I wanted to provide an update on the bird initially reported several days ago as a Tricolored Blackbird at Goleta Beach. Now, this is not so rare a species in the county that it would normally merit a ton of discussion on this list. But it is pretty darn rare on the south coast at this time of year. That said, a few additional people looking at various photos of the bird are not convinced it's a Red-winged Blackbird, which I firmly stated it was the other day.
There were several photos of the bird in addition to the one Dika included in her Flickr account the other day, including several posted in eBird. At the moment, those are all in eBird as "Red-winged Blackbird." Adrian O'Loghlen also photographed the bird. Because it appears to have features of both species, some of these features appear to vary by photo, and the bird is undergoing molt, the opinion of knowledgeable observers who've weighed in is that it should be considered of unknown species. Therefore, I hope those who entered the bird in eBird as a Red-winged Blackbird will change it to "Red-winged/Tricolored Blackbird." Also, it's possible this won't be the last word on this individual, if it's spotted again.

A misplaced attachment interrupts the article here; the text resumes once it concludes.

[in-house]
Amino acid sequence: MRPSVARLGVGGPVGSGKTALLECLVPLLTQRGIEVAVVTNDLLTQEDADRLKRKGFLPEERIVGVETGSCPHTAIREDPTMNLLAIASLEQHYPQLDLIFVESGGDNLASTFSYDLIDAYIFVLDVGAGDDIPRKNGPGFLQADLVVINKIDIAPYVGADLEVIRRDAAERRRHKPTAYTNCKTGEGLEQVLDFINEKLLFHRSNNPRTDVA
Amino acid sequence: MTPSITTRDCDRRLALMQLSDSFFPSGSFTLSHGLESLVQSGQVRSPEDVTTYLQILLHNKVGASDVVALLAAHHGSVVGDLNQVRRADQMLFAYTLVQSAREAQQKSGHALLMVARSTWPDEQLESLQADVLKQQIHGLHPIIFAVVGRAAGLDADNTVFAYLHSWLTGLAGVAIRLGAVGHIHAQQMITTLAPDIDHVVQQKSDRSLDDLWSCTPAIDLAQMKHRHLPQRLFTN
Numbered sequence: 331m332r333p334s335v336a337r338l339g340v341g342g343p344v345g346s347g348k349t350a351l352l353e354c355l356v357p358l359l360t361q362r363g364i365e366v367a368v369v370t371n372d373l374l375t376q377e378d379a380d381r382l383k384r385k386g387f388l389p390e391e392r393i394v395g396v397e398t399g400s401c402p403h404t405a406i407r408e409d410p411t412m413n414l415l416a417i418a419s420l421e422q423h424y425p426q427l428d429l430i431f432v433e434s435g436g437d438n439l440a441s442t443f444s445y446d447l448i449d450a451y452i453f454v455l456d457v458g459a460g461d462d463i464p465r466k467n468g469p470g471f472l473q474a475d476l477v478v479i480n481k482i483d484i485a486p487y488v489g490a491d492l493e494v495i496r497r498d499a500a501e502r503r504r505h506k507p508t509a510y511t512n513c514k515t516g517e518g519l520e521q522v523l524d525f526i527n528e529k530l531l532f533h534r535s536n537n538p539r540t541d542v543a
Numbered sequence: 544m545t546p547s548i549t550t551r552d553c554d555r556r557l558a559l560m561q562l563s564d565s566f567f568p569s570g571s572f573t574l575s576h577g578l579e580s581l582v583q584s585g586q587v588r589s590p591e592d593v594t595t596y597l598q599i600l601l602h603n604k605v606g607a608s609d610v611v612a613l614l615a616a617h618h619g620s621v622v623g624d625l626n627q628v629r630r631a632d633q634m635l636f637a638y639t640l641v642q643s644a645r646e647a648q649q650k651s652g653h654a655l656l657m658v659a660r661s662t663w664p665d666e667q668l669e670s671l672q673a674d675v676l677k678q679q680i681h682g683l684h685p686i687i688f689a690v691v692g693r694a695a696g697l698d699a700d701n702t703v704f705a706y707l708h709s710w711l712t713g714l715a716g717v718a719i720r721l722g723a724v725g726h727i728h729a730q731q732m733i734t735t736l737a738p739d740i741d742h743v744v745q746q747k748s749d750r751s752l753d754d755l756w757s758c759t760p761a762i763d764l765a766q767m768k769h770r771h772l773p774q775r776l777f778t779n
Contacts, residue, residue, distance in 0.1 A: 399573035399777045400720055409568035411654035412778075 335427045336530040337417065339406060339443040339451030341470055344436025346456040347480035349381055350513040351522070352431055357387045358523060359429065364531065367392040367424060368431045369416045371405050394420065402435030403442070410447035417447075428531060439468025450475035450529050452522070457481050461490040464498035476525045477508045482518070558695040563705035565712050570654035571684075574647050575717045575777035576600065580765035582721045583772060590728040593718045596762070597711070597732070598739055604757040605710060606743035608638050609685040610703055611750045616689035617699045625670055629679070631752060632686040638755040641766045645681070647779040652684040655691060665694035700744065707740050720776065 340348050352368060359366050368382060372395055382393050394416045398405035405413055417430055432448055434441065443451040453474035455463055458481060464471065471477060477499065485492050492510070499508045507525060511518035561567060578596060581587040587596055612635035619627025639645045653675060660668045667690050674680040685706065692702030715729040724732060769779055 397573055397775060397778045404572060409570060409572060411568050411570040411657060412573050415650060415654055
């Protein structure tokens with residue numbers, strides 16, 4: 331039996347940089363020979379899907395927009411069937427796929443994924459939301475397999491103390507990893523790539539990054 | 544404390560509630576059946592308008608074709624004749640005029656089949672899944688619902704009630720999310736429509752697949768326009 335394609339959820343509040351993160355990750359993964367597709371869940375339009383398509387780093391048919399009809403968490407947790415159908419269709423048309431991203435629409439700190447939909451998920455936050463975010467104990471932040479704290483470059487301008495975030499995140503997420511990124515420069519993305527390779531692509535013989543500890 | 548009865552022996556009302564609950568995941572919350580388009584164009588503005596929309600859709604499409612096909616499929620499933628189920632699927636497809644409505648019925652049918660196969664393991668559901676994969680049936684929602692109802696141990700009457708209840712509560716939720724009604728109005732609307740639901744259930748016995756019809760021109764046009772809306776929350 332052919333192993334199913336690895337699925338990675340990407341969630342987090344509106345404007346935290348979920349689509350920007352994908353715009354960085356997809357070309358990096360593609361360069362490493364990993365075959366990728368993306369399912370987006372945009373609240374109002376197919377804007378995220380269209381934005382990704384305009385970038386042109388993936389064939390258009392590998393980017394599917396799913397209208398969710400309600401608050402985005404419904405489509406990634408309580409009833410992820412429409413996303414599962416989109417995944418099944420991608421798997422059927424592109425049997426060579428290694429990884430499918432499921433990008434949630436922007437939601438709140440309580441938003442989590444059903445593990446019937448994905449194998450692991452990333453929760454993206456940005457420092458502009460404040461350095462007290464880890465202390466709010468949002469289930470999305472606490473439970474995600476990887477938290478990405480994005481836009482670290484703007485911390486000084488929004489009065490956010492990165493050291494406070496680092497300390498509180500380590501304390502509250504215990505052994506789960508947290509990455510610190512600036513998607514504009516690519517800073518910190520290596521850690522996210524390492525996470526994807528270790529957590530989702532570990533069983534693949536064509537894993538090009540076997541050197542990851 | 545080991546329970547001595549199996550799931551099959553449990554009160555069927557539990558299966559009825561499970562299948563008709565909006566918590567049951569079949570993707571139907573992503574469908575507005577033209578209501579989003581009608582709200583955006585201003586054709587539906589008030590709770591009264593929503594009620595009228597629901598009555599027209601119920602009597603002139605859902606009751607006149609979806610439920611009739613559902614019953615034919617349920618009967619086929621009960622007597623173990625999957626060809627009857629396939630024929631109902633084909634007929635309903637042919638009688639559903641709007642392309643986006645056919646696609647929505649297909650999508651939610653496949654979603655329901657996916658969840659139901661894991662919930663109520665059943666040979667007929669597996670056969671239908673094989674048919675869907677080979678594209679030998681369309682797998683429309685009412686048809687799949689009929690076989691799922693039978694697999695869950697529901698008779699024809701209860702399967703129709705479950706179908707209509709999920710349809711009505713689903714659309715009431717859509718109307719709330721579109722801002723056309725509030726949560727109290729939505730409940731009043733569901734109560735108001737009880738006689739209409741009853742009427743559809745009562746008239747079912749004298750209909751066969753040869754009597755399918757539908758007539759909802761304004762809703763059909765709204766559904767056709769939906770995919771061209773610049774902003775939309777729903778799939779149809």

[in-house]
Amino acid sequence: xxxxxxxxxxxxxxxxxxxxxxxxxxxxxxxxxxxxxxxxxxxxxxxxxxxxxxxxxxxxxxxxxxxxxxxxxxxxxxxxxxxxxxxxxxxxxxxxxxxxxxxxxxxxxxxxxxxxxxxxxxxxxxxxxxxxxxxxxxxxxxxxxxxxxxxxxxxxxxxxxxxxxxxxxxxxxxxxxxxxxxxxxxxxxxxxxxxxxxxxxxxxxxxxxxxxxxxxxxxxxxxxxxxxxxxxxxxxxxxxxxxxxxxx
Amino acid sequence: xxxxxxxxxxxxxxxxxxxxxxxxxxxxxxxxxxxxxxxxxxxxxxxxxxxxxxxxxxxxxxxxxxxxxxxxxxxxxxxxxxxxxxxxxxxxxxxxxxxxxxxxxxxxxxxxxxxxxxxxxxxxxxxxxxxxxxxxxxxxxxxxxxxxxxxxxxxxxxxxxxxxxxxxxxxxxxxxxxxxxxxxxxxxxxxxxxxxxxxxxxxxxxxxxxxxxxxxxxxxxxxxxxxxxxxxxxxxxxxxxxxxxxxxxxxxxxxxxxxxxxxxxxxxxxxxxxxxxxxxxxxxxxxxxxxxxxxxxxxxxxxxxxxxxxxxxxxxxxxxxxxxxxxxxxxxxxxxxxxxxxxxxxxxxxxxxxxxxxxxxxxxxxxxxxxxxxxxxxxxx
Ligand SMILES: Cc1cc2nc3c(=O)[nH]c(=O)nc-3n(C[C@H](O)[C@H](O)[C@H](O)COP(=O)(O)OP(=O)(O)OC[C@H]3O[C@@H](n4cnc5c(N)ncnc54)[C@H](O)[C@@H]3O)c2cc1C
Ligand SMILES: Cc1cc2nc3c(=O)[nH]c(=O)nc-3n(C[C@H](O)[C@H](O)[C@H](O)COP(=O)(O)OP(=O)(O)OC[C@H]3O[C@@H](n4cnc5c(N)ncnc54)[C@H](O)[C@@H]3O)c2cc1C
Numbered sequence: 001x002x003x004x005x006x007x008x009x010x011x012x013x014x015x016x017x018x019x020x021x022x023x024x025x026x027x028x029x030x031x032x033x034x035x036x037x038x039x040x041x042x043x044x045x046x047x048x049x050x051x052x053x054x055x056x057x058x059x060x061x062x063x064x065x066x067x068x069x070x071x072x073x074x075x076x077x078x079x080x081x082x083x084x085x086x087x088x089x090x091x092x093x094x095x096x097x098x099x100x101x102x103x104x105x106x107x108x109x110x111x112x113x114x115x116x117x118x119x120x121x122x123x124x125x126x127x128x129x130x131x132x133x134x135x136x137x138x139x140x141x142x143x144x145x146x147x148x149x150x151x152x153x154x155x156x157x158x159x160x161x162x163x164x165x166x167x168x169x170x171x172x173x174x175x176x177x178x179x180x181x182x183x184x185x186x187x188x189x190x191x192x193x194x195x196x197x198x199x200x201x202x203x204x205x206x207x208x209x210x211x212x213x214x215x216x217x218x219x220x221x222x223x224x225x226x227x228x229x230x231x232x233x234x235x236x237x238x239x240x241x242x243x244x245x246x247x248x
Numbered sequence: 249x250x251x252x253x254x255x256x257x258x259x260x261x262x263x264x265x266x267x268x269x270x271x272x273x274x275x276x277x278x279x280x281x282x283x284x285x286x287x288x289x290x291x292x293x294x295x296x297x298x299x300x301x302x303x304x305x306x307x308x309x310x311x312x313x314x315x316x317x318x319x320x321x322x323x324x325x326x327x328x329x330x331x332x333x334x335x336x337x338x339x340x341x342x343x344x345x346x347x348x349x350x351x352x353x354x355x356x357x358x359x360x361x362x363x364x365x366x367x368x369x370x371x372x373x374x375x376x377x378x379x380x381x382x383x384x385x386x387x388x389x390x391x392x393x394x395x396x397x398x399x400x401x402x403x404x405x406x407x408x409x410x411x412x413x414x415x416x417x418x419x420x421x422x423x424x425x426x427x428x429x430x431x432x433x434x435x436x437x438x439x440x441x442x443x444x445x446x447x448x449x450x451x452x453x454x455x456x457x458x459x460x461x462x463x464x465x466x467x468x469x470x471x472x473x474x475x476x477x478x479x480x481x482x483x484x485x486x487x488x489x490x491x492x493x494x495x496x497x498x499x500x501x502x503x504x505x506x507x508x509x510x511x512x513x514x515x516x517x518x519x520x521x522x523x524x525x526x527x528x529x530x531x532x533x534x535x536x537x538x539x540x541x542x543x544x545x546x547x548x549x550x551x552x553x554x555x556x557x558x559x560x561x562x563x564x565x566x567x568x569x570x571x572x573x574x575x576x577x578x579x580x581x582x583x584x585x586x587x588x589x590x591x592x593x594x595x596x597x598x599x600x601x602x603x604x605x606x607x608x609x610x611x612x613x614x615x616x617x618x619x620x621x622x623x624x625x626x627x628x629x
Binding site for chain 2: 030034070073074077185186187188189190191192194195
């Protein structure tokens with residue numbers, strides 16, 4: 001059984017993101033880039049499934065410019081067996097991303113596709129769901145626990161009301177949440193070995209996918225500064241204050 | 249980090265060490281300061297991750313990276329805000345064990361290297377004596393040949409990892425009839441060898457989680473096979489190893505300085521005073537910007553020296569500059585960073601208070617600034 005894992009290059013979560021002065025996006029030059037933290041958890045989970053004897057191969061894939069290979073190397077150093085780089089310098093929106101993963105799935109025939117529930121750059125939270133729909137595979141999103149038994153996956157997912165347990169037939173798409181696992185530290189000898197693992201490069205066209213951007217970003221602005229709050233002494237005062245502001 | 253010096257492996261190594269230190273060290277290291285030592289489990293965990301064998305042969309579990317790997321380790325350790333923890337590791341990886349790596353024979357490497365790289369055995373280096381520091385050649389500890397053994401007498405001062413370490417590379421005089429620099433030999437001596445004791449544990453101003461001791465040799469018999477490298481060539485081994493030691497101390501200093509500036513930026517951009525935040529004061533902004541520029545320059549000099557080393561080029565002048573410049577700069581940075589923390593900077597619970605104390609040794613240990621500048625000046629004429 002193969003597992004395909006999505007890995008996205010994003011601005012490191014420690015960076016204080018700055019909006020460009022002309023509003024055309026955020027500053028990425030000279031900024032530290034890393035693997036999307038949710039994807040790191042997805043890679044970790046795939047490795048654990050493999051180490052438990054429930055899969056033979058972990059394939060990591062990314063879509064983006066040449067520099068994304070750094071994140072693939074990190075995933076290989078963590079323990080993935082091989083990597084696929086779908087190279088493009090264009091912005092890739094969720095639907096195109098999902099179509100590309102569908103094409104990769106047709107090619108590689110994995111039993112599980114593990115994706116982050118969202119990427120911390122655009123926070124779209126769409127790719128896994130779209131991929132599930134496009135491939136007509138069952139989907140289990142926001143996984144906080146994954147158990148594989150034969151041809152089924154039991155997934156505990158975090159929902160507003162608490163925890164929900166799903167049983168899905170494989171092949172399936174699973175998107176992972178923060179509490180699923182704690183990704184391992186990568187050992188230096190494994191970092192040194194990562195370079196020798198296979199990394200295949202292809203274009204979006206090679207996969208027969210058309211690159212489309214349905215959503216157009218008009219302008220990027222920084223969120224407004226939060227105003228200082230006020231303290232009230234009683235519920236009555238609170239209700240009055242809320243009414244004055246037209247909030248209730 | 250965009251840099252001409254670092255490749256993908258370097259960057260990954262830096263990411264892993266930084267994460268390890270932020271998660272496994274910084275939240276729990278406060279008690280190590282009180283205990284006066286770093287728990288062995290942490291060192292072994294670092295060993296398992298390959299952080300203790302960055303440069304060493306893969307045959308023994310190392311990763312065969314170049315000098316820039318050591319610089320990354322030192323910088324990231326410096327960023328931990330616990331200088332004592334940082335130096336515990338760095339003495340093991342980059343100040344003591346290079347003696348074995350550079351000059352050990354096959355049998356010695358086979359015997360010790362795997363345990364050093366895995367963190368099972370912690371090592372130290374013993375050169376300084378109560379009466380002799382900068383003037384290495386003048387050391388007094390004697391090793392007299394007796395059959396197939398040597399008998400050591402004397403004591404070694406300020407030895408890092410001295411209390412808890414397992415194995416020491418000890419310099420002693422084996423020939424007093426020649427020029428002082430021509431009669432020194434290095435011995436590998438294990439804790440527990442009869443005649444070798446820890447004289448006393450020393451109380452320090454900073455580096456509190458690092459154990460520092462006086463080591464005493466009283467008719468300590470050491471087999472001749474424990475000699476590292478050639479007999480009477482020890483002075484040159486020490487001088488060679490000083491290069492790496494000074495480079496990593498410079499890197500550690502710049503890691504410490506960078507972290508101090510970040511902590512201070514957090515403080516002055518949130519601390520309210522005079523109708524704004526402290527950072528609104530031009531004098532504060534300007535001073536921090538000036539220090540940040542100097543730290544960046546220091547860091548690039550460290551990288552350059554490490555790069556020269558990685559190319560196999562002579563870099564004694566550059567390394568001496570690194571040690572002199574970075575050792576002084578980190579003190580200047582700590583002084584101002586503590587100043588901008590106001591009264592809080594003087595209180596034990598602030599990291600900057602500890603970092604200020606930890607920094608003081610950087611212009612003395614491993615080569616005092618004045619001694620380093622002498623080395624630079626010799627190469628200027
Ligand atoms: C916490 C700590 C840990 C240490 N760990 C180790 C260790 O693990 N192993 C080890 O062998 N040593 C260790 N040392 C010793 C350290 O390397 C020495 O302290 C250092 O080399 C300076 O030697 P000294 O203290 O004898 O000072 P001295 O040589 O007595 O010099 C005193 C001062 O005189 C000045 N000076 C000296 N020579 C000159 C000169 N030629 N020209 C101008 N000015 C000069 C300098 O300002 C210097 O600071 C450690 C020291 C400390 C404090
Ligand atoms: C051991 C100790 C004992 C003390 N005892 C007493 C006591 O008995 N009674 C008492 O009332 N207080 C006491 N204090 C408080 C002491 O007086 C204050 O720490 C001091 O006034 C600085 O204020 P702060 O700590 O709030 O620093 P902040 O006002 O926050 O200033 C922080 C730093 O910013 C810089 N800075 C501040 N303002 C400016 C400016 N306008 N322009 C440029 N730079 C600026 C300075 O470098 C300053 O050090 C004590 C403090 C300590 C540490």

To make the change I've suggested, you'll have to select the "Add species" option in eBird, begin typing the name as I have above, and then select the option "Red-winged/Tricolored Blackbird" when it comes up.
Incidentally, characters that different people have assessed differently while looking at these photos include the tone of red in the wing, the whiteness of the patch in the wing, evidence of whether the "white" area is faded, and the shape of the bill (which should be longer and narrower in Tricolored).
This bird has provided a learning experience for some people who know a fair amount about birds. We usually think separating the males is not hard. But sometimes, doing it based on photos, even good photos, evidently can be a challenge.